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War and Peace: A Reading List

By Sam Chambers, Ana Cecilia Matute and Konstantopoulou


We are living in a historical moment where people must confront different conflicts simultaneously and endure their violence. The UN has declared that we are in a new era of conflict and violence. Taking the time to understand what is happening may be the first step in bringing visibility to these issues and changing the narrative presented by the media.


Open dialogues and ongoing discussions about these events can exert more pressure on countries to become involved in the conversation and provide increased aid those in need. This week, we will explore some books that can help us better understand current conflicts and explore potential pathways to peace.


Palestine by Joe Sacco


A realistic approach to the ongoing and difficult situation in Palestine, this graphic novel is the result of extensive research by Joe Sacco, who conducted interviews with at least one hundred people in Gaza and the West Bank, including both Jews and Palestinians. Thereby, it offers the reader a close look at the situation that the news we constantly see does not cover, sharing instead the stories and thoughts of those living in the region.


This poignant novel serves as a key educational resource for understanding the current situation in Palestine, even though it was published in 2001. Additionally, it features an interesting introduction by Edward Said, that remains relevant.


Reading about current conflicts in distant places can be challenging, but novels like this one can help us understand and play an active role in supporting others.


Home Fire by Kamila Shamsie


Published just five years back, Kamila Shamsie’s Pulitzer-prize winning novel is still related to current affairs, thanks to the malevolent events currently taking place in our spheric, still-rotating globe. Despite the vivid presence of a romantic relationship in the plotline, the essence of the book lies deeper than that, with Isma, Aneeka and Parvaiz’s world having collided with that of the privileged Eamonn Lone, son of the infamous Karamat Lone, a renowned M.P. Home Fire is fundamentally based on the intriguing and complex themes of Islam, Nationality, and Identity; a true retelling of Sophocles’ Antigone, it portrays the miles-apart different worlds of two British Muslim families in contemporary England.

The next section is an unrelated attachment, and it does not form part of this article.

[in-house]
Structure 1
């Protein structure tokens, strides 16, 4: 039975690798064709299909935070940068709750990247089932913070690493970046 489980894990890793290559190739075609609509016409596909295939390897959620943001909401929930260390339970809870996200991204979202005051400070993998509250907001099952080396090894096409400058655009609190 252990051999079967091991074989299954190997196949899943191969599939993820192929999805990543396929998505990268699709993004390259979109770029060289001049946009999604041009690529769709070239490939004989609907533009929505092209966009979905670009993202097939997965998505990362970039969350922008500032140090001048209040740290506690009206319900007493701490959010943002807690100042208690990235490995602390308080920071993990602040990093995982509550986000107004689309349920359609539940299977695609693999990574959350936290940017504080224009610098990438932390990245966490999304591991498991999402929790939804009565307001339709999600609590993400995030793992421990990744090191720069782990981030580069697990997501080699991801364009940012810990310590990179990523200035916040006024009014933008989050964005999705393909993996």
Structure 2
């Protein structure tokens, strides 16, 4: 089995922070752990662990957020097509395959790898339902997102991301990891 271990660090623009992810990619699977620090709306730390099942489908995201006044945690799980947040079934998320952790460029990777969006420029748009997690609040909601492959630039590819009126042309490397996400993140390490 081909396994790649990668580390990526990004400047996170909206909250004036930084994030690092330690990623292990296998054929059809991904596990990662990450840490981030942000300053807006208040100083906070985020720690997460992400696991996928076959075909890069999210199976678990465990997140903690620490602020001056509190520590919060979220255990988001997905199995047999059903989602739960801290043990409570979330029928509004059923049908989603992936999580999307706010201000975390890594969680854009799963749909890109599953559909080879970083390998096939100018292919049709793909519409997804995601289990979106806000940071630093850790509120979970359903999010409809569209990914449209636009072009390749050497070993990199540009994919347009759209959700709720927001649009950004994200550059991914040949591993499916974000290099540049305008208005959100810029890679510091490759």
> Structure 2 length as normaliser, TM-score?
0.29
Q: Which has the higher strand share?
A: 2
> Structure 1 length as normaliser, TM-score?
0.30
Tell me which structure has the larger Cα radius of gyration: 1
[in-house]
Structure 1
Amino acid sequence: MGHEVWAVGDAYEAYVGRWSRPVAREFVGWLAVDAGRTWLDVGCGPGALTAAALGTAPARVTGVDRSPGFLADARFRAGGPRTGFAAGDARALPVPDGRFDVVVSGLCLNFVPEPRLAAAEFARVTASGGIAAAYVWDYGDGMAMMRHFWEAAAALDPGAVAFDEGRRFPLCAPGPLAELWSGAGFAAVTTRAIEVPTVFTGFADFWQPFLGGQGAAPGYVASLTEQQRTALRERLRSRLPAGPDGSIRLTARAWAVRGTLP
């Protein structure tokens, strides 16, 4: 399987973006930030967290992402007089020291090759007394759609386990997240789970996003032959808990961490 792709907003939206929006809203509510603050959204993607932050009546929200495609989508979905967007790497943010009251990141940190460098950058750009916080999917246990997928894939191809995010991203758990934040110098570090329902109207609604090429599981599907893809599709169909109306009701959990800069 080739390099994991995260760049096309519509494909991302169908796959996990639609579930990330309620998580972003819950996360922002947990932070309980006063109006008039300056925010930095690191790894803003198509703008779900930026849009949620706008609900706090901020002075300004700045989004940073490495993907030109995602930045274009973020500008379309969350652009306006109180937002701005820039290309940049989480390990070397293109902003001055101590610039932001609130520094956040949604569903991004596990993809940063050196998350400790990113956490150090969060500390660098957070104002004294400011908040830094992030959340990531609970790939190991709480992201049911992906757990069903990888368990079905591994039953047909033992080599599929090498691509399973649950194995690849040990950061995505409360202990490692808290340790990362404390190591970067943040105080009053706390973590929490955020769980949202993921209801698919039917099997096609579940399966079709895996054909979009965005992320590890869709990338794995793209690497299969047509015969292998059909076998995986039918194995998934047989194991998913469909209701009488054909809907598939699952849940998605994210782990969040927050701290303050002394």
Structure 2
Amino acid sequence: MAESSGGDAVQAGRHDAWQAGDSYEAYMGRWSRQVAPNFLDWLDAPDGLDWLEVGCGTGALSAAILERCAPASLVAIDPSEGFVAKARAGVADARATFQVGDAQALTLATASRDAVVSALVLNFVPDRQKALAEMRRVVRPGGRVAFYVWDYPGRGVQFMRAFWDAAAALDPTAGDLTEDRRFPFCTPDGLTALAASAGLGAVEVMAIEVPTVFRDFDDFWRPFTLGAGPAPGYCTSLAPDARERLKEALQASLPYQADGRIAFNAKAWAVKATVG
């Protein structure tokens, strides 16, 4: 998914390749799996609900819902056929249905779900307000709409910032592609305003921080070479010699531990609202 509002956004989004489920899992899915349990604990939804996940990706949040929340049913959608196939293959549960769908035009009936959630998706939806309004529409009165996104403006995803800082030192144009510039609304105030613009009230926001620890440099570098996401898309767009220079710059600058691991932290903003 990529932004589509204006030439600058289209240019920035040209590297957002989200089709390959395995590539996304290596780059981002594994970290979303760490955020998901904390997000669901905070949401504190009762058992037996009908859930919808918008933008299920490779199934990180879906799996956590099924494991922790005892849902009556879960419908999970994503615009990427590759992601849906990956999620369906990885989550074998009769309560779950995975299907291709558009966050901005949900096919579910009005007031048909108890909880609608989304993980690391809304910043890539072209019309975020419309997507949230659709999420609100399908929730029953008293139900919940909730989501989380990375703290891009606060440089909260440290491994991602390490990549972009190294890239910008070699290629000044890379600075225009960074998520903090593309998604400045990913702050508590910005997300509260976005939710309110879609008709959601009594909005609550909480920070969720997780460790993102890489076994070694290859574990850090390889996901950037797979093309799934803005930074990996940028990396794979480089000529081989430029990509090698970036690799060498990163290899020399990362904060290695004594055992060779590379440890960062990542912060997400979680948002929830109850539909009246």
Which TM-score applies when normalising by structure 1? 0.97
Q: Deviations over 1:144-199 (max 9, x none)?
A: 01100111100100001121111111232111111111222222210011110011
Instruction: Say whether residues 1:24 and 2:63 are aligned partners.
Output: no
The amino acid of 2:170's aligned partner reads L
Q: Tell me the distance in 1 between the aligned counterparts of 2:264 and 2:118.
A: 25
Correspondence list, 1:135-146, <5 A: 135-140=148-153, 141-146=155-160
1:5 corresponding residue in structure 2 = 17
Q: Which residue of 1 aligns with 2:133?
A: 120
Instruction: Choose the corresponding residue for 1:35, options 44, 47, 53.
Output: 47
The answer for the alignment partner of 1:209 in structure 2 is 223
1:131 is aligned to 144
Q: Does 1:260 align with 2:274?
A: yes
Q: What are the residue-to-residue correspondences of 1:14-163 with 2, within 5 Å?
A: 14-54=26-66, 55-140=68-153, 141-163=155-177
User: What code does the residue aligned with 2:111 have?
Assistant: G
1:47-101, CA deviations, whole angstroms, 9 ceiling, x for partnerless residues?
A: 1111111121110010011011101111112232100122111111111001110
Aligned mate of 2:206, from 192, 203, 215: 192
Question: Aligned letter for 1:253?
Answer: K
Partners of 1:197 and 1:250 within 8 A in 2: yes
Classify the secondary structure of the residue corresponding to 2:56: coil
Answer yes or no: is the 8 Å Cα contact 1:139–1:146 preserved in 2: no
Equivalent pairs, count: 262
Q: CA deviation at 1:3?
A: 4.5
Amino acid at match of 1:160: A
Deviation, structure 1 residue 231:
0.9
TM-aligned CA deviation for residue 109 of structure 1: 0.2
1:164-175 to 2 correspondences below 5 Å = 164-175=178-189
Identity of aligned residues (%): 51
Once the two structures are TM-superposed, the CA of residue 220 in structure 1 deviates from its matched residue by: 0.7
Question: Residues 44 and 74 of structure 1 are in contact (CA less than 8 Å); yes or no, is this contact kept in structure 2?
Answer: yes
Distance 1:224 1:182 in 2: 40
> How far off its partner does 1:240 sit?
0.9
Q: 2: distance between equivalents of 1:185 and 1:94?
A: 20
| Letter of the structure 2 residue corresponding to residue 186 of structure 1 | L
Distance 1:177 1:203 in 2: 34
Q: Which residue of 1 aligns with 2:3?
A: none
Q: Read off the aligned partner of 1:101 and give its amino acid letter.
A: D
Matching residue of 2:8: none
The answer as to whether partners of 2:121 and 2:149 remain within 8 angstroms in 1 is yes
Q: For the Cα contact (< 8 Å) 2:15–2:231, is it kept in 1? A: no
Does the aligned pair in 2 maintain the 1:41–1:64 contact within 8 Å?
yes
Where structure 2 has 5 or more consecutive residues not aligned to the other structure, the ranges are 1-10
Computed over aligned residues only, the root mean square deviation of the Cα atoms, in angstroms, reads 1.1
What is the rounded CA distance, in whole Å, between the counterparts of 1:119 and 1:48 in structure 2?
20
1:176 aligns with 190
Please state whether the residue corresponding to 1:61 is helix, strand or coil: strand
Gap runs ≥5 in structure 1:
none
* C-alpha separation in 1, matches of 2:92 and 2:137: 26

Shamsie’s unique use of radical words and storylines explores the narrow point of view that society holds against a person, with the main criteria being their religion and nationality, as was sadly expected. The Pasha siblings may be British but that does not stop intruders and by-passers pointing their critical fingers at them and question their national identity merely because of their faith, something as problematic as it is unfair.


The unconventional writing of the novel also stands as proof of both will-power and fate’s dynamics, as factors like background, family-ties and beliefs, religion and habits are incapable of standing in the way of life and love. The important message that is conveyed, though, lies in the ending of the book, through the never-ending stubbornness and mass of prejudices and preconceptions become the cause of death, grief and ultimately the spilling of innocent blood.


Peace in the Age of Chaos: The Best Solution for a Sustainable Future by Steve Killelea


What creates peace? How do we measure it and why do we need it? These are the questions asked by Steve Killelea, founder of the Institute for Economics and Peace, in this groundbreaking study. What creates peace, Killelea lays out, is more than simply the absence of war and violence. Drawing upon his experiences in war-torn regions and his conceptual framework of Positive Peace, Killelea challenges conventional narratives on the subject. The eight-pillar model he advances emphasises how individuals and their communities are interconnected and the instrumental role of peace in both sustainable development and personal well-being.


Throughout the book, Killelea weaves together diverse narratives from business, politics, religion and culture to illustrate the multifaceted nature of peace. Whether it's the perspective of a successful entrepreneur, a local farmer in Kenya, or a mother grieving the loss of her son, the author emphasises that peace is ultimately rooted in the human experience. This approach makes the book accessible to a wide range of readers and perfect for globally conscious and motivated readers. For those wanting to engage more in the subject, the Global Peace Index by the Institute for Economics and Peace provides fascinating empirically based analysis.

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